In the parallel universe which professional football inhabits, some of the normal rules of life simply do not apply. There is such a thing as a free lunch if you’re name is Sepp Blatter, time can stand still if you’re Sir Alex Ferguson, and for just about everybody, winning is everything. Of course, in terms of league championships and cups, there’s something to that argument. Football has been professionalised for one hundred and thirty years now, and if you’re paying somebody to do a job for you, then it is understandable that some sort of return on your investment becomes important. From a supporter’s point of view, whilst shrugging your shoulders at a defeat rather than running to your favoured social media outlet to issue death threats to the chairman, the manager and a man whose name rhymes with that of the referee is an admirable personality trait, there are only so many times that watching your team get easily beaten in front of rapidly diminishing attendances can be a little, well, wearing. So winning is important, and we mostly accept that. There are times, however, when that lust for gold plated trinkets and – perhaps more importantly, in this day and age – the plum sponsorship deals that come with them becomes a little undignified. The Ballon D’Or is one of football’s less important trophies. It is, dare...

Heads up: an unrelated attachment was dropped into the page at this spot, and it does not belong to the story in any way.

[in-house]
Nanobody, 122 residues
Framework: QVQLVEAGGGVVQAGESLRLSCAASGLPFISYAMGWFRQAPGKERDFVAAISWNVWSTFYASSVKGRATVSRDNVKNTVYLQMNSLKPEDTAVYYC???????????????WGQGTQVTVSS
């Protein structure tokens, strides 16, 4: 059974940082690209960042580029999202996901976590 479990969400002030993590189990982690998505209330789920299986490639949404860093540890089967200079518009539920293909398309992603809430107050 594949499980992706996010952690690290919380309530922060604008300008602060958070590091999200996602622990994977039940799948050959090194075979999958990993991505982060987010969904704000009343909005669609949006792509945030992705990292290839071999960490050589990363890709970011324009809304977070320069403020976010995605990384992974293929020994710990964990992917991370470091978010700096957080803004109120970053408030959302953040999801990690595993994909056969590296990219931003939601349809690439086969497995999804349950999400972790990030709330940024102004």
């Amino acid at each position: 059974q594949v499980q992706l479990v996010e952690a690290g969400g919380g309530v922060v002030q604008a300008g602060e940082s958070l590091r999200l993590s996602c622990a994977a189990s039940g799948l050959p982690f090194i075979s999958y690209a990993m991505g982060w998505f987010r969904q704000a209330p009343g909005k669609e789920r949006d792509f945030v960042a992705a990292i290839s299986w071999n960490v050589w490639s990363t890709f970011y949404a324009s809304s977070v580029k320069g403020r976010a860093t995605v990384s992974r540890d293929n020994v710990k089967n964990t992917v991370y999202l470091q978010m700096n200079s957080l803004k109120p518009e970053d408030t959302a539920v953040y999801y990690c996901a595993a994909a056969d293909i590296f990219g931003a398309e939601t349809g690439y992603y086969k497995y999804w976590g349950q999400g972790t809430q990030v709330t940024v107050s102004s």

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Football On The Box – From The North: Granada